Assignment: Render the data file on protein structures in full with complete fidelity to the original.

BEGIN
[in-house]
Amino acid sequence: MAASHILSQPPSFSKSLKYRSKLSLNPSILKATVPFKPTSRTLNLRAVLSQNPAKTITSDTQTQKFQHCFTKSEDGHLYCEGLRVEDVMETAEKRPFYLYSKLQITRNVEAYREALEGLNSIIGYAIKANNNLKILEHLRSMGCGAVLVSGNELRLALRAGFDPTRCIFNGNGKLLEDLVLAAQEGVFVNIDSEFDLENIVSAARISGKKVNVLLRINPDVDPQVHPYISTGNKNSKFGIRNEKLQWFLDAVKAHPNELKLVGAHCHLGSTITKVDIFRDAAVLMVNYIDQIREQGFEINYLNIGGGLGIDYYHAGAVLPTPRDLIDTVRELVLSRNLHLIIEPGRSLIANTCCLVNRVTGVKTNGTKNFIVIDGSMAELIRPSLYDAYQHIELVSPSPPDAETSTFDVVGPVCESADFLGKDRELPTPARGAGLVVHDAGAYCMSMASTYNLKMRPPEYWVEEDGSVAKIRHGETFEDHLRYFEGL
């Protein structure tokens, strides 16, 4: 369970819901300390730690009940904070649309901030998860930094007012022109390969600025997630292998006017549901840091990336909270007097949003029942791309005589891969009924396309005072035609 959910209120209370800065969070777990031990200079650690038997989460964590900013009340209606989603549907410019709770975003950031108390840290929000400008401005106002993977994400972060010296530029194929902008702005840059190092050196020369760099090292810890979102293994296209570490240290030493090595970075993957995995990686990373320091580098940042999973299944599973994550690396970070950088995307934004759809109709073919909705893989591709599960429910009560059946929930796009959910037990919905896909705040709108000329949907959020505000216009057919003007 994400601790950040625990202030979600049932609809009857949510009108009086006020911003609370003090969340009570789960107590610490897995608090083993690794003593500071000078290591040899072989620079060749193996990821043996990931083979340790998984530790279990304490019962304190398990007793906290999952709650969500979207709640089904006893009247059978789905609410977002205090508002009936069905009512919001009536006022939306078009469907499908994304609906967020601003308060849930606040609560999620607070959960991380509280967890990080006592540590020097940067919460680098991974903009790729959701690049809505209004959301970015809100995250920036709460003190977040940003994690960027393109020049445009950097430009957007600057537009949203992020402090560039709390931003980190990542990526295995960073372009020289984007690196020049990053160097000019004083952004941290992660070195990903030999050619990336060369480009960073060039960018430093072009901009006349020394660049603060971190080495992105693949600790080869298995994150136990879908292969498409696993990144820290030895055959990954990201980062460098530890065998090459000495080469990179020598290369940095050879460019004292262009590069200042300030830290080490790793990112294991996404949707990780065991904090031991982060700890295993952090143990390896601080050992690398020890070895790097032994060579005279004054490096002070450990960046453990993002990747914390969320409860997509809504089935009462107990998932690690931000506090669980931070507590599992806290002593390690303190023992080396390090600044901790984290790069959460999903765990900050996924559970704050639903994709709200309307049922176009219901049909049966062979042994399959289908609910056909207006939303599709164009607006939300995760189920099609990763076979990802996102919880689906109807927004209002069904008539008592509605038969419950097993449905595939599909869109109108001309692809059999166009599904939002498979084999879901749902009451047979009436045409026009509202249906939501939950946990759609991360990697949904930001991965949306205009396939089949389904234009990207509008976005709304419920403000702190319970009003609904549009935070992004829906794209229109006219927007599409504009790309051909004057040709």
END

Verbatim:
[in-house]
Amino acid sequence: MAASHILSQPPSFSKSLKYRSKLSLNPSILKATVPFKPTSRTLNLRAVLSQNPAKTITSDTQTQKFQHCFTKSEDGHLYCEGLRVEDVMETAEKRPFYLYSKLQITRNVEAYREALEGLNSIIGYAIKANNNLKILEHLRSMGCGAVLVSGNELRLALRAGFDPTRCIFNGNGKLLEDLVLAAQEGVFVNIDSEFDLENIVSAARISGKKVNVLLRINPDVDPQVHPYISTGNKNSKFGIRNEKLQWFLDAVKAHPNELKLVGAHCHLGSTITKVDIFRDAAVLMVNYIDQIREQGFEINYLNIGGGLGIDYYHAGAVLPTPRDLIDTVRELVLSRNLHLIIEPGRSLIANTCCLVNRVTGVKTNGTKNFIVIDGSMAELIRPSLYDAYQHIELVSPSPPDAETSTFDVVGPVCESADFLGKDRELPTPARGAGLVVHDAGAYCMSMASTYNLKMRPPEYWVEEDGSVAKIRHGETFEDHLRYFEGL
């Protein structure tokens, strides 16, 4: 369970819901300390730690009940904070649309901030998860930094007012022109390969600025997630292998006017549901840091990336909270007097949003029942791309005589891969009924396309005072035609 959910209120209370800065969070777990031990200079650690038997989460964590900013009340209606989603549907410019709770975003950031108390840290929000400008401005106002993977994400972060010296530029194929902008702005840059190092050196020369760099090292810890979102293994296209570490240290030493090595970075993957995995990686990373320091580098940042999973299944599973994550690396970070950088995307934004759809109709073919909705893989591709599960429910009560059946929930796009959910037990919905896909705040709108000329949907959020505000216009057919003007 994400601790950040625990202030979600049932609809009857949510009108009086006020911003609370003090969340009570789960107590610490897995608090083993690794003593500071000078290591040899072989620079060749193996990821043996990931083979340790998984530790279990304490019962304190398990007793906290999952709650969500979207709640089904006893009247059978789905609410977002205090508002009936069905009512919001009536006022939306078009469907499908994304609906967020601003308060849930606040609560999620607070959960991380509280967890990080006592540590020097940067919460680098991974903009790729959701690049809505209004959301970015809100995250920036709460003190977040940003994690960027393109020049445009950097430009957007600057537009949203992020402090560039709390931003980190990542990526295995960073372009020289984007690196020049990053160097000019004083952004941290992660070195990903030999050619990336060369480009960073060039960018430093072009901009006349020394660049603060971190080495992105693949600790080869298995994150136990879908292969498409696993990144820290030895055959990954990201980062460098530890065998090459000495080469990179020598290369940095050879460019004292262009590069200042300030830290080490790793990112294991996404949707990780065991904090031991982060700890295993952090143990390896601080050992690398020890070895790097032994060579005279004054490096002070450990960046453990993002990747914390969320409860997509809504089935009462107990998932690690931000506090669980931070507590599992806290002593390690303190023992080396390090600044901790984290790069959460999903765990900050996924559970704050639903994709709200309307049922176009219901049909049966062979042994399959289908609910056909207006939303599709164009607006939300995760189920099609990763076979990802996102919880689906109807927004209002069904008539008592509605038969419950097993449905595939599909869109109108001309692809059999166009599904939002498979084999879901749902009451047979009436045409026009509202249906939501939950946990759609991360990697949904930001991965949306205009396939089949389904234009990207509008976005709304419920403000702190319970009003609904549009935070992004829906794209229109006219927007599409504009790309051909004057040709």